As night falls the baaing does not diminish and shortly after 2 a.m. there is a great crescendo and from the house I can hear the lower tones of the adult ewes joining in. I wait, it does not diminish, so I get dressed, grabbing the first garments to come to hand, the torch battery is flat — I stumble out into the starless night (where are all those shooting stars?)

When I get to the source of the din, all the female sheep are gathered around a crisis, all offering an opinion. Two ewe lambs are stuck fast between the two fences that separate lambs from mums; there is an old tree growing there that has pinned them down, resolute in its dimly remembered hedge-duty of separation.

I climb over into the narrow wire cage, ripping my new trousers on the barbed wire and pull the first lamb out backwards by its kicking feet and hug it tight then I carefully hook the lamb’s flailing front limbs over the top wire of the fence avoiding the barbs more successfully than I did with my own bottom (we’re talking 30 wriggling kilograms – the lamb, that is) then I heave. Amazingly it lands like an SAS parachutist, rolling like a pro, regains its feet and in a single movement disappears into the night. The ewes are impressed.

The second lamb is huge and heavy, I apply the same technique and deliver it as a breech from the womb of the old tree but, despite all the huffing and puffing, my strength then fails me. I do not let go; I shout for my assistant… No reply, not even from the dog. The louder I shout, the louder the sheep join in, and the denser is the silence emanating from the sleeping house.

Nothing is more motivating than having no other options, after a little rest, I hook its feet over the top wire and with all my might I heave and the second lamb disappears into the night.

Next morning at first light a morning chorus of ovine distress startles me from slumber but strangely not my spouse. Exploration, slowly as I am strangely stiff, reveals another lamb grabbed by the panicky old hedge. As I approach, the lamb butts at the base of an old fence post which, having rotted in the ground, slides to one side creating a hole and the lamb escapes.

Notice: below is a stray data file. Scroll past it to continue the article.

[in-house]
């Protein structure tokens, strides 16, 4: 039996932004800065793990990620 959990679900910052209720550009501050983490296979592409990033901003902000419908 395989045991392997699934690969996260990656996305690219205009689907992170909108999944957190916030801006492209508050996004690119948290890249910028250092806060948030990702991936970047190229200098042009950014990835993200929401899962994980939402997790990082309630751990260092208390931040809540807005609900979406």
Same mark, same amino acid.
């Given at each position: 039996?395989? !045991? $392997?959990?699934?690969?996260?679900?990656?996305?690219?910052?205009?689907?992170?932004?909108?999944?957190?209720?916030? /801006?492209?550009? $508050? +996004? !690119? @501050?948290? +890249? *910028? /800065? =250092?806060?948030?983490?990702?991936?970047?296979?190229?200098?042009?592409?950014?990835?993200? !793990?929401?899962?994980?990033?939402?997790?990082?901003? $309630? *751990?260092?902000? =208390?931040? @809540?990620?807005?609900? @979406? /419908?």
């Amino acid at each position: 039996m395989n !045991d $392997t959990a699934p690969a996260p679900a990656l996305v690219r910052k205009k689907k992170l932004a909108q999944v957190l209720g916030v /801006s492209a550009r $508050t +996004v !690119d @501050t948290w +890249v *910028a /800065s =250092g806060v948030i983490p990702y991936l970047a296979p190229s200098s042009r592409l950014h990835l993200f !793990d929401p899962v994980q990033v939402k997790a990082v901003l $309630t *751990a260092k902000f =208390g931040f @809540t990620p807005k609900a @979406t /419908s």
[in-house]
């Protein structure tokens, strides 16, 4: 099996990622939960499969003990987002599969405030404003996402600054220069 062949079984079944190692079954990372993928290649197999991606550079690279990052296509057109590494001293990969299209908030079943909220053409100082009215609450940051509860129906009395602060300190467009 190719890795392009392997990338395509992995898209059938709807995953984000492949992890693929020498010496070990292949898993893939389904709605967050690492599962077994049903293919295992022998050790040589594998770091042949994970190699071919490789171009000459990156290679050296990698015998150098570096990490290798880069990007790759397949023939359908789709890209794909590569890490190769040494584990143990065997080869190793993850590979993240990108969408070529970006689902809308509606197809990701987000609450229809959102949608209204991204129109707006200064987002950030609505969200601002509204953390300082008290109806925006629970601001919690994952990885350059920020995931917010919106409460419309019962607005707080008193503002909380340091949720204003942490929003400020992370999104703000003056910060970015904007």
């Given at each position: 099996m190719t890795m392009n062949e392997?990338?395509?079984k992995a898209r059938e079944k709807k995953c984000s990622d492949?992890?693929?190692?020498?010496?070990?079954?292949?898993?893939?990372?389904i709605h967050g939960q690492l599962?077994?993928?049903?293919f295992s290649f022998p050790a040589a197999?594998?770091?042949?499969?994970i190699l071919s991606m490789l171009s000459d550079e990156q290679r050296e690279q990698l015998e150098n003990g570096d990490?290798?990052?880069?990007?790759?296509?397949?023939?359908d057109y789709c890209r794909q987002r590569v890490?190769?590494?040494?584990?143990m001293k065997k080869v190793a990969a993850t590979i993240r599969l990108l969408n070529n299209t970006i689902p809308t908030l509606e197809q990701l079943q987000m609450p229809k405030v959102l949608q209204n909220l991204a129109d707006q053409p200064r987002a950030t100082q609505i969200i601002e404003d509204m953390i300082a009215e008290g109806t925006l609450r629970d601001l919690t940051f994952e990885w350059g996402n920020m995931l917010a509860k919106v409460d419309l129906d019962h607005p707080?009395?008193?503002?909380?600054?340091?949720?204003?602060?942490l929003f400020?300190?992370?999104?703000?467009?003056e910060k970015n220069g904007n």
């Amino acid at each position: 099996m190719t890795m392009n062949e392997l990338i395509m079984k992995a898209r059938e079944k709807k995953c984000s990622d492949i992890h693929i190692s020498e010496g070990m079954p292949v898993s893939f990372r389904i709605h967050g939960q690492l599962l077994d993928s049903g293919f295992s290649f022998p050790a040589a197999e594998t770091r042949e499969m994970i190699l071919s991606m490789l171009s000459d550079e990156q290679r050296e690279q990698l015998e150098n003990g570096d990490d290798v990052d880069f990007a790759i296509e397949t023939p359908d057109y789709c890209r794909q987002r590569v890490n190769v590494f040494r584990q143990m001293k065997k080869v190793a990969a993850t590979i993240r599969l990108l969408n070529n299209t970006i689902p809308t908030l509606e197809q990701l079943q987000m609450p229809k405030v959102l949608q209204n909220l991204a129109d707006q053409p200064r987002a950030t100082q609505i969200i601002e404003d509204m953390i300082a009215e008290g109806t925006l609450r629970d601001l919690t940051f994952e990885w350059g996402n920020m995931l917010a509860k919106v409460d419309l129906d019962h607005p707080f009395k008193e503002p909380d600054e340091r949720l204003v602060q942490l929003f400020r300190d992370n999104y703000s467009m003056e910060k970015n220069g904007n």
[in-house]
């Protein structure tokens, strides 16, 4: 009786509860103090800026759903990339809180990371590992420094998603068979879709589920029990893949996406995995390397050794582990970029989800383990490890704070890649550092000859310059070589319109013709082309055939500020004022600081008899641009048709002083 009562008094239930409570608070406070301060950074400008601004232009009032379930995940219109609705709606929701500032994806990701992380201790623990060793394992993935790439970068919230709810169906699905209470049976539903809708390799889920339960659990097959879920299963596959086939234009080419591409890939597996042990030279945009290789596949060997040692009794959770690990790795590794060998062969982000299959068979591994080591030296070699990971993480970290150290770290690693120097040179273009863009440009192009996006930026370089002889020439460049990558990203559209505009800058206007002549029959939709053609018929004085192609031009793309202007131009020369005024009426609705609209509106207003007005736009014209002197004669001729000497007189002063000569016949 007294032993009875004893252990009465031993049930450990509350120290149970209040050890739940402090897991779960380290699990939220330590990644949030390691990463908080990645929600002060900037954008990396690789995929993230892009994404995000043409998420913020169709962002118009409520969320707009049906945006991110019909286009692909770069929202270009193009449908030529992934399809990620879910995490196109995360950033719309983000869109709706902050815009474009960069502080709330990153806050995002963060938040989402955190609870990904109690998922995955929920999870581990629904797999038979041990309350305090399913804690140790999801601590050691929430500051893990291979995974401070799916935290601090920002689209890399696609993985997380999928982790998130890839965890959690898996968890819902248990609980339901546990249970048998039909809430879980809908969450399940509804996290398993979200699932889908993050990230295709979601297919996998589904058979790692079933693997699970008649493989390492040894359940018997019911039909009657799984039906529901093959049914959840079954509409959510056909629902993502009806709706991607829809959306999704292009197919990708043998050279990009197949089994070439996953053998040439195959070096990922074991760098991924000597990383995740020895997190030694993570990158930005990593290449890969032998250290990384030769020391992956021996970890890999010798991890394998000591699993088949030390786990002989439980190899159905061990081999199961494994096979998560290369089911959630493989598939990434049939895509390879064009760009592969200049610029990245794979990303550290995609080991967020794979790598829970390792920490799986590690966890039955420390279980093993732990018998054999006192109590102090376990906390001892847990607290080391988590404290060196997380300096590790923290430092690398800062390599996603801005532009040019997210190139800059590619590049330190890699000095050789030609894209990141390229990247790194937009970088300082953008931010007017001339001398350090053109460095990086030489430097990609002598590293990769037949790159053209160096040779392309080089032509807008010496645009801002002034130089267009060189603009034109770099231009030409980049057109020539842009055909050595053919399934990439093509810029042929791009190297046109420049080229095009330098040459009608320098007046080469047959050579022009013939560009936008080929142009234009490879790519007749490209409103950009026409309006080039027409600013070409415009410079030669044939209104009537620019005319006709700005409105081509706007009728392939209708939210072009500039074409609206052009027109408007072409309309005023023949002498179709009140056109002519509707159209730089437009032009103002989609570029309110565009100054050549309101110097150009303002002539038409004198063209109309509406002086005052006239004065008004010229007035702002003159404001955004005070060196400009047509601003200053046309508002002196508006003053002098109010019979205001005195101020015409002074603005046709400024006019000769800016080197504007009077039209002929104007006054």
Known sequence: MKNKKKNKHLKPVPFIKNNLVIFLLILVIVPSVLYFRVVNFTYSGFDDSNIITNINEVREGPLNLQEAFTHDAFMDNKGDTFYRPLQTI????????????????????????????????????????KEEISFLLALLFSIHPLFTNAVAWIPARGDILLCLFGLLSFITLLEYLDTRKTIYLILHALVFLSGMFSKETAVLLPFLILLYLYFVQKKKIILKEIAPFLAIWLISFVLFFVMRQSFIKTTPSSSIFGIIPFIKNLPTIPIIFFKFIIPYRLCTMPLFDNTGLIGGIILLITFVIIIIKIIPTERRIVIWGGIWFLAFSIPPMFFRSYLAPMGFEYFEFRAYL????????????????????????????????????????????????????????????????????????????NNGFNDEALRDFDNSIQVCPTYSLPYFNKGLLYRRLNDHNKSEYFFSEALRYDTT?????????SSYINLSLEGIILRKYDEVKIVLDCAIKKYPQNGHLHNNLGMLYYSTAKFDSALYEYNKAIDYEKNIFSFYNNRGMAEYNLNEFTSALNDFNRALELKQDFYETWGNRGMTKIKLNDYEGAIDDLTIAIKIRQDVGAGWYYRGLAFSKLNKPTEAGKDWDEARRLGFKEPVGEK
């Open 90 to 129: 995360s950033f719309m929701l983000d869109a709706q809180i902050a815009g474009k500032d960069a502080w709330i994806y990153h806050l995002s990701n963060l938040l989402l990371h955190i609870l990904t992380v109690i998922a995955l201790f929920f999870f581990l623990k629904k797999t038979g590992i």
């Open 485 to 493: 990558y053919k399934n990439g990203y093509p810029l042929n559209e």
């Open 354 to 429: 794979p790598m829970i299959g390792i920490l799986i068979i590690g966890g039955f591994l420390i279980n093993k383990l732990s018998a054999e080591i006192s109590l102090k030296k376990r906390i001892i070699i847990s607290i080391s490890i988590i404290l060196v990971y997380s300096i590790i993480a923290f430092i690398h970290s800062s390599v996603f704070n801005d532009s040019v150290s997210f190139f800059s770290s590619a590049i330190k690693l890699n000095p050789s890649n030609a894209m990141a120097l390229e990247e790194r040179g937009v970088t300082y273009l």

Ewe-lamb trapped between two fences and (bottom right) escape route

Ewe-lamb trapped between two fences and (bottom right) escape route

In the light of day the problem is clear: the newer of the two fences is fine but the old one which it replaced is, though upright, not up to the sudden and unaccustomed onslaught of the mother-daughter bond. Hurling themselves randomly against it the girls have found all the weak spots. It will have to be removed as soon as possible.

Twelve hours later the last roll of liberated fencing wire is rolled towards the barn.

Recycling fence wire - the old will last longer than the new!

Recycling fence wire – the old will last longer than the new!

Remember Gladys ( our ‘should have been left for dead’ lamb — the one with economy ears but huge determination to survive)?  Well, on our final trip to the barn she passes us,  heading after the others, away from the scene and up the hill, far away from the mother’s field, tossing her head as if to say, ‘We’re grown up now — we’re off up the top!’

Gladys -- all weaned and grown-up

Gladys — all weaned and grown-up

My husband turned to me, ‘Did you notice anything odd about those ewe-lambs.’

‘No.’

‘One of them seemed to have testicles…’

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Ecology, Nature Photography

New Worlds above the Flood

It’s been raining quite a lot.  Between storms I’ve been having a new look at the world.

The stream is swollen and down the valley they complain that the drumming of the river keeps them awake at night.

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We’ve moved our flock to higher ground to keep their feet dry and when the low winter sun comes out, which it has been doing quite often, every sheep has a silver lining:

?????????????????????????????We’ve been making the most of the sunny periods by cutting back the hedge rows so that the grass can grow with more light although we still need shelter for the beasts and privacy for lambing; behind the hedges we’re cutting back  the low branches and brambles that will whip us in the eye and snag us as we give assistance in the spring.